Dear new developer,
I don’t know how old you are. All I can tell you is that you should take care of your body. This includes tasks that all folks should do (get good sleep, exercise, get the regular checkups for body, eyes, teeth, skin) as well as some tasks specific to desk jockeys (get up, maybe get a standing desk, look away from the computer once in a while) and some tasks specific to being a software engineer (get an ergonomic keyboard).
Whatever you do, listen to your body. Take regular breaks. Buy the equipment you need. When I was young, my body seemed to be an endless resource.
It is not.
Dear new developer,
This post covers some great tips on getting through your first year. It starts off ominously:
The first year as a programmer is one of the most frustrating things a homo sapien can experience. You’re thrust from the world of ambiguous human communication into the icy waters of cold, hard correctness. There is no compromise with the machine. It does exactly what you tell it to, no more, no less.
But then moves to some good advice, about advice:
There are very few absolutes when it comes to practical programming. A Technical opinions of developers are based on their experiences, the books they’ve read and the technologies they happened to work with. No one does a thorough survey of the technology landscape before declaring their support for a given tool, application or methodology.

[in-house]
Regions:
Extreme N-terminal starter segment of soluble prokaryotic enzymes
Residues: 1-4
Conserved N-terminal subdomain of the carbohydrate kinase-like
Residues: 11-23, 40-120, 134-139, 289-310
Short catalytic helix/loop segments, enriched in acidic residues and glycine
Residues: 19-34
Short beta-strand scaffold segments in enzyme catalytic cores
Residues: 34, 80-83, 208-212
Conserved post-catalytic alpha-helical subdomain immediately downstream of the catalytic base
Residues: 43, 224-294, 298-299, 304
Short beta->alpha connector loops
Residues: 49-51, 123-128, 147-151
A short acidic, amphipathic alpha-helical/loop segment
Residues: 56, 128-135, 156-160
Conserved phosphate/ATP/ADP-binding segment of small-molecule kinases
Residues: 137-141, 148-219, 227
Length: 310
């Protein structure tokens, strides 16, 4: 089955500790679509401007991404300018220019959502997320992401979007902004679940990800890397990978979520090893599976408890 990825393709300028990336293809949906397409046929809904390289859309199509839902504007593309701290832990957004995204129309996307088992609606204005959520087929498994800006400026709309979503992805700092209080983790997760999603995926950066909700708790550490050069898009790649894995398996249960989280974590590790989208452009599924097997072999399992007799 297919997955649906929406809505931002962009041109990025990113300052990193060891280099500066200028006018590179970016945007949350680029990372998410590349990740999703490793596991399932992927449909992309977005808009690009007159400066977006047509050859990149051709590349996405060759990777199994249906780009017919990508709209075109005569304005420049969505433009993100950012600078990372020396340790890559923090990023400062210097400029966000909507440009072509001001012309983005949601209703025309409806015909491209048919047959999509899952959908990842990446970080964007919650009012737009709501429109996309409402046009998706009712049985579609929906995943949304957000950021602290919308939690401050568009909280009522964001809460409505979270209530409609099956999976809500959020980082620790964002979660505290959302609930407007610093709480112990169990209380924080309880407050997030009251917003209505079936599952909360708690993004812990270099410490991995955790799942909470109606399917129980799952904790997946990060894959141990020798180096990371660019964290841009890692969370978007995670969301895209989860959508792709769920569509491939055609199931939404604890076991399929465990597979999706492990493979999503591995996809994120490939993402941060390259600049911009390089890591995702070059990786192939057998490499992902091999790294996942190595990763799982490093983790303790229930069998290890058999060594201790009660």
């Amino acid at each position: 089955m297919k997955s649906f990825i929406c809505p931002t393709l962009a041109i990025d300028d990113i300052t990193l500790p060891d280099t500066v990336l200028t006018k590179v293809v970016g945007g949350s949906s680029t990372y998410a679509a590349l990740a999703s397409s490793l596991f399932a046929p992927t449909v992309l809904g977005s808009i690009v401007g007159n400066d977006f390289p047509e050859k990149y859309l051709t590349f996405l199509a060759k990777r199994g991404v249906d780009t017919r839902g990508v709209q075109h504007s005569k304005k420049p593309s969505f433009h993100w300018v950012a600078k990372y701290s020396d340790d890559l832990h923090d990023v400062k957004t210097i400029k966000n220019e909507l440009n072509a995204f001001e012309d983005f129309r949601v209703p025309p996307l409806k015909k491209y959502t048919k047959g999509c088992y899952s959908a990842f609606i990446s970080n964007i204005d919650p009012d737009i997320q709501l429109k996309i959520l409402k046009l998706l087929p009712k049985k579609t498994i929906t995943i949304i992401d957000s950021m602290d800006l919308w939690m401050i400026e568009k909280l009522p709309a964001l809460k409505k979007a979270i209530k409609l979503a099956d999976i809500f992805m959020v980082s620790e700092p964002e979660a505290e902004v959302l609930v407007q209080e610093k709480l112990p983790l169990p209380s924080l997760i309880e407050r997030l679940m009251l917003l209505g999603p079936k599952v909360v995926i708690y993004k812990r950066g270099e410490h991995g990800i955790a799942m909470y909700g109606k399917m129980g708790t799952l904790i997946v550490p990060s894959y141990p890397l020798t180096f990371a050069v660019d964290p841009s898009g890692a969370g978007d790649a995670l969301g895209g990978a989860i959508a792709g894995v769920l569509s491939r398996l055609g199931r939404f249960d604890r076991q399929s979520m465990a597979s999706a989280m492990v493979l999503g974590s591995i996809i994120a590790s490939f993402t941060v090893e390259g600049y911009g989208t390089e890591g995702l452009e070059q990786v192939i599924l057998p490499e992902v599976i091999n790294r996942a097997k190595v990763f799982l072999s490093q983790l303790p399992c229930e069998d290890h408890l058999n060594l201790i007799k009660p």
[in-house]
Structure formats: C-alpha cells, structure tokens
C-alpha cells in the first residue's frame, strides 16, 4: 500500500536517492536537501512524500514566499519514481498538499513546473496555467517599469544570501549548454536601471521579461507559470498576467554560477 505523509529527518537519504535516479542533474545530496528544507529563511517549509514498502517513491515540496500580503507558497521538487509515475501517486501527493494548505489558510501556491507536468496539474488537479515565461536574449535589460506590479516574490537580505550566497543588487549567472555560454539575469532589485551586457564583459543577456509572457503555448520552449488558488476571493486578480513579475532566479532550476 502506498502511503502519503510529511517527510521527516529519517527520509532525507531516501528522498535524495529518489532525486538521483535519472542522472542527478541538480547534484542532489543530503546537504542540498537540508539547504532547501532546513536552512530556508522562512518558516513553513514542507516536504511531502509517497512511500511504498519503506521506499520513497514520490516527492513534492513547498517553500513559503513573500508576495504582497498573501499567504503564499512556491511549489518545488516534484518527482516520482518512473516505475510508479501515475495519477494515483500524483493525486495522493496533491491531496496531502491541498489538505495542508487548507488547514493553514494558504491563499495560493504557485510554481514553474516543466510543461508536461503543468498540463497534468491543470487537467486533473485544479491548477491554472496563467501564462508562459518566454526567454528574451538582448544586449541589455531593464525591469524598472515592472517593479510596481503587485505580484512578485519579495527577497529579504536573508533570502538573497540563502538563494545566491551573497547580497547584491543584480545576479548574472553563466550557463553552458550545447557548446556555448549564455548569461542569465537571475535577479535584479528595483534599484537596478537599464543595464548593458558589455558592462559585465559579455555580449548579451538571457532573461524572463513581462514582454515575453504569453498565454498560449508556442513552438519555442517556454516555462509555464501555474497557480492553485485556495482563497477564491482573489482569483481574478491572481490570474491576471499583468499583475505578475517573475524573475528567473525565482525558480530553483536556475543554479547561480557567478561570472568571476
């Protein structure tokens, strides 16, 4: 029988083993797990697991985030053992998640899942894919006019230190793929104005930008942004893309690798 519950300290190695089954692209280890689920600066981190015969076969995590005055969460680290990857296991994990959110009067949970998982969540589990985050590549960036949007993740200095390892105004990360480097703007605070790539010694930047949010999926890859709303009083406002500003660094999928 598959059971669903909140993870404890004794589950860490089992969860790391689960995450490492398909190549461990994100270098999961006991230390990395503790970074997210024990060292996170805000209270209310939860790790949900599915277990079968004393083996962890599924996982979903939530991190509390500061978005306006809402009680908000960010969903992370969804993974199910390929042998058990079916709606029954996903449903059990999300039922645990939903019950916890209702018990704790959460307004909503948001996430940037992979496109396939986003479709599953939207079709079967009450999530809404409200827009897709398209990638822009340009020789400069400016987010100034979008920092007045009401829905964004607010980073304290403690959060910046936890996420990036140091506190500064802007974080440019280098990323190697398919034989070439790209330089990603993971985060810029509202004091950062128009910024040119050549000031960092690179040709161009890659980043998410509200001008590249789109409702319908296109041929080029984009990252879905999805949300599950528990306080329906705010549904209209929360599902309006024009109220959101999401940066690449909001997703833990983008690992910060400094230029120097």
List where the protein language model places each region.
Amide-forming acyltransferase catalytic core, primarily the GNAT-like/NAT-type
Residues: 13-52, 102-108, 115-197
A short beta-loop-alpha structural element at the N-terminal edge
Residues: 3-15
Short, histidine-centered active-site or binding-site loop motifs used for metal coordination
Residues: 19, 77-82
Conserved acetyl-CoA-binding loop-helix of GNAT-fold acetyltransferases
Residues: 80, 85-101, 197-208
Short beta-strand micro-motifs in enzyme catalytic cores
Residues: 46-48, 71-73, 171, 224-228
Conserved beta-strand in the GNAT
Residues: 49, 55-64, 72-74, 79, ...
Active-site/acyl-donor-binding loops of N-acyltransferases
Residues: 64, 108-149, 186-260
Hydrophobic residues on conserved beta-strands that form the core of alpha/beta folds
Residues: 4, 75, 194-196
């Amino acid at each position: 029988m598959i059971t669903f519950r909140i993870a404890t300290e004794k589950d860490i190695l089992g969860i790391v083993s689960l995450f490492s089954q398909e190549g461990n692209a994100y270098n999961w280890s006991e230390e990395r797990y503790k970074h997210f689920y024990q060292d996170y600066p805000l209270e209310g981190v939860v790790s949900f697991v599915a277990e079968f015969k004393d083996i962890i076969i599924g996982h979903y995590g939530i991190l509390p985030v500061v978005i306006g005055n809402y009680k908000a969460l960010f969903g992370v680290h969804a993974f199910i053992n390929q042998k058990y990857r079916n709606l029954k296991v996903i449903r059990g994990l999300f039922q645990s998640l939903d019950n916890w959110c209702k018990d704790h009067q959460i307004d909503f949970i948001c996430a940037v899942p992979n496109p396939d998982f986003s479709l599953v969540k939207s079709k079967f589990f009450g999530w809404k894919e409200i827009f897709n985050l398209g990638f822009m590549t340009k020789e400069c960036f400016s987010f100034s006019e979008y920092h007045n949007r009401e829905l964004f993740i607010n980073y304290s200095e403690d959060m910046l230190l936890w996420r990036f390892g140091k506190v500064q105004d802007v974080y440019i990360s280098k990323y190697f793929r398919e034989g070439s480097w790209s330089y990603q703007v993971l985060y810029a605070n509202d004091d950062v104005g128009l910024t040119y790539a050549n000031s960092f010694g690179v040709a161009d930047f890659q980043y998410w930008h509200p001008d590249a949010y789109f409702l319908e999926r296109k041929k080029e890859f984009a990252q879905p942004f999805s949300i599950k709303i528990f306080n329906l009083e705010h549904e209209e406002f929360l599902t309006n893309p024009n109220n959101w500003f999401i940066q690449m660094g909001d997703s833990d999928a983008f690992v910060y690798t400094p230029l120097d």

This is so true. Everyone’s opinion is path dependent. I was a MySQL user for years and thought it was the best open source database, until a chance comment from someone I was chatting with at a meetup (see, you should attend a meetup) mentioned that PostgreSQL has transactional DDL. That is, you can alter a table as part of a transaction, and they roll it back. (Happy to report that MySQL has made progress on this, though I don’t believe they are at feature parity yet.) If I hadn’t run into that meetup participant, it is unlikely I would have learned that nuance.
Multiply that experience by the hundreds of decisions a developer makes every year based on their knowledge, their problem space and their work environment and you can see how different advice can be. And to be fair, how it can all be valid, based on context.
The post also covers ego-less coding, what to learn, and the joy of bug hunting. The whole post, “Survive your first year as a programmer”, is worth a read.